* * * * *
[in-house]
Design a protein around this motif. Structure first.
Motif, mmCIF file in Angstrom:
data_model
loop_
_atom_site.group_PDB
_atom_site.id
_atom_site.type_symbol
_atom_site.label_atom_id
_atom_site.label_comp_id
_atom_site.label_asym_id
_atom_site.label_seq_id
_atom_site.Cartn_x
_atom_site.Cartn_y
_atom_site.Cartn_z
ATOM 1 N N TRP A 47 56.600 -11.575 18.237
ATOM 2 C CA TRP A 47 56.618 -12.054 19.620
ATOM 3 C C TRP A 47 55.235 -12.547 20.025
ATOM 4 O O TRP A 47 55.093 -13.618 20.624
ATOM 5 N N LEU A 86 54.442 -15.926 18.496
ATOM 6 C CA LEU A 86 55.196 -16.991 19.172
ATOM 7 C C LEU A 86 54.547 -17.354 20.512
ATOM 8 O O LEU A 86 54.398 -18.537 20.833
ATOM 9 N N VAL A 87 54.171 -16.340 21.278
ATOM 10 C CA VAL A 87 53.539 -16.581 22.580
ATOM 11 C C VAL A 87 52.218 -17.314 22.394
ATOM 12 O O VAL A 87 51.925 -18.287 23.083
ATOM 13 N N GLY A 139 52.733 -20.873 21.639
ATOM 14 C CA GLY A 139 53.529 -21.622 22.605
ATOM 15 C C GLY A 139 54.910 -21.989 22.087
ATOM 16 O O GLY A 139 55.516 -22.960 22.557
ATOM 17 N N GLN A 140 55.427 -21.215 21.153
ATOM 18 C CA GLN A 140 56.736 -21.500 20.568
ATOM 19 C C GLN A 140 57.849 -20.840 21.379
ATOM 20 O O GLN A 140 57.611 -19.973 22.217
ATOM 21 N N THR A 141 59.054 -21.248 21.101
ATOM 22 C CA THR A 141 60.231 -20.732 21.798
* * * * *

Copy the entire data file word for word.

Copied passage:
[in-house]
Design a protein around this motif. Structure first.
Motif, mmCIF file in Angstrom:
data_model
loop_
_atom_site.group_PDB
_atom_site.id
_atom_site.type_symbol
_atom_site.label_atom_id
_atom_site.label_comp_id
_atom_site.label_asym_id
_atom_site.label_seq_id
_atom_site.Cartn_x
_atom_site.Cartn_y
_atom_site.Cartn_z
ATOM 1 N N TRP A 47 56.600 -11.575 18.237
ATOM 2 C CA TRP A 47 56.618 -12.054 19.620
ATOM 3 C C TRP A 47 55.235 -12.547 20.025
ATOM 4 O O TRP A 47 55.093 -13.618 20.624
ATOM 5 N N LEU A 86 54.442 -15.926 18.496
ATOM 6 C CA LEU A 86 55.196 -16.991 19.172
ATOM 7 C C LEU A 86 54.547 -17.354 20.512
ATOM 8 O O LEU A 86 54.398 -18.537 20.833
ATOM 9 N N VAL A 87 54.171 -16.340 21.278
ATOM 10 C CA VAL A 87 53.539 -16.581 22.580
ATOM 11 C C VAL A 87 52.218 -17.314 22.394
ATOM 12 O O VAL A 87 51.925 -18.287 23.083
ATOM 13 N N GLY A 139 52.733 -20.873 21.639
ATOM 14 C CA GLY A 139 53.529 -21.622 22.605
ATOM 15 C C GLY A 139 54.910 -21.989 22.087
ATOM 16 O O GLY A 139 55.516 -22.960 22.557
ATOM 17 N N GLN A 140 55.427 -21.215 21.153
ATOM 18 C CA GLN A 140 56.736 -21.500 20.568
ATOM 19 C C GLN A 140 57.849 -20.840 21.379
ATOM 20 O O GLN A 140 57.611 -19.973 22.217
ATOM 21 N N THR A 141 59.054 -21.248 21.101
ATOM 22 C CA THR A 141 60.231 -20.732 21.798